On the night, 4 1/3 innings, 4 runs on 6 hits.  He got 2 Ks (one on a very odd swing on a high-and-outside 0-2 fastball and one against league-leading Reyes on a beautiful change-up) and gave up one homer.  He threw 74 pitches, 51 for strikes and showed his great control.  I think he started to struggle once he stopped getting the knee-high strike call, he started to get burned by working further up and in.  He doesn’t have nearly enough power to miss inside.  I think he was hurt by the lack of cutter control and could have used that pitch to keep hitters honest.  If he throws a 90mph straight fastball, then an 88 mph cutter with movement should be a great pitch to use, expecially against right-handers.  He tried working it inside (ala Mariano Rivera) but gave up after he kept missing too far inside. Clearly he didn’t adjust to hitters as well as they were adjusting to him the 2nd time through the order; it will be interesting to see if that becomes a trend the next few times he throws.

On the night; a promising beginning and a troublesome finish.  The Mets are a very good hitting team (2nd in the league in average) so it was going to be hard to keep them completely quiet.  Lets see how he does the next time against Houston (a far worse team) before getting a re-match in New York in a couple weeks’ time.

Written by Todd Boss

September 5th, 2011 at 11:35 am

6 Responses to 'Tom Milone’s debut thoughts…'

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  1. Great analysis, thanks!

    It would seem that with Milone’s very excellent control, he should be able to make the necessary adjustments to be successful in The Bigs. He’ll be working against the umpires (or they will be working against him), and the adjustments that the hitters make.

    Both Glavine and Maddox made such adjustments over their careers, with control and late-breaking pitches being their MO.


    5 Sep 11 at 12:13 pm

  2. I think he is definitely a “work the corners” kinda guy, with the control to do it. He was clearly squeezed by the ump, who seemed to tighten up his zone after repeated complaints during the first couple of innings. The more starts and more success Milone has, the more respect and more corners he’ll get from umps. If he becomes half the pitcher Glavine or Maddux was … its a great buy.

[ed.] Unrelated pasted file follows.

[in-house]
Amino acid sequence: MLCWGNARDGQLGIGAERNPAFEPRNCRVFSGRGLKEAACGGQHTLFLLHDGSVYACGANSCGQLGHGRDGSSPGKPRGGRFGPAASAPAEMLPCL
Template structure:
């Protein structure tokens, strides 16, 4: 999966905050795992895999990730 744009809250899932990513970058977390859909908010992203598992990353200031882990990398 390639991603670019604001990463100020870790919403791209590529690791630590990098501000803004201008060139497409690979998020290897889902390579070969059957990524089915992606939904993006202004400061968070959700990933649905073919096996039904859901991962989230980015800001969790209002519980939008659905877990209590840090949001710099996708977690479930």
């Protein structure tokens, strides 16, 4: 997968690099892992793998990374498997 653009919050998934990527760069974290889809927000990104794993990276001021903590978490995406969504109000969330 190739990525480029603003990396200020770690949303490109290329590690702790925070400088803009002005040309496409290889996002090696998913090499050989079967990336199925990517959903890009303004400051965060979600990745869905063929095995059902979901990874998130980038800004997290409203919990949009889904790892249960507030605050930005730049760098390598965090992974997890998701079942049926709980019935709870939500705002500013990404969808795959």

Todd Boss

    5 Sep 11 at 12:19 pm

  3. It also looks like the Nats have a Tom Milone clone in Danny Rosenbaum at The Burg.

    It would be interesting to get this awesome pitching analysis stuff on Rosenbaum.

    Do the Nats coaching staff look at/use this really neat analysis format??


    5 Sep 11 at 12:24 pm

  4. I did look to me like the strike zone changed, which is understandably a hard thing for a young pitcher to cope with, esp. Dealing with hitters like David Wright.


    5 Sep 11 at 6:51 pm

  5. I like Rosenbaum’s performance this year, no doubt. He only did better once he got promoted to AA. He’s definitely under the radar in terms of our pitching prospects in the minors, as was Milone frankly. Suddenly Milone was a 24yr old in AAA with great numbers. I’m guessing Rosenbaum starts next year in AA with an eye towards moving up to AAA with a fast start (similar to Meyers this year). Its never a bad thing to have pitching inventory…

    Todd Boss

    5 Sep 11 at 8:48 pm

  6. […] Nationals Arm Race "…….Nobody likes to hear it, because it's dull, but the reason you win or lose is darn near always the same – pitching.” — Earl Weaver « Tom Milone’s debut thoughts… […]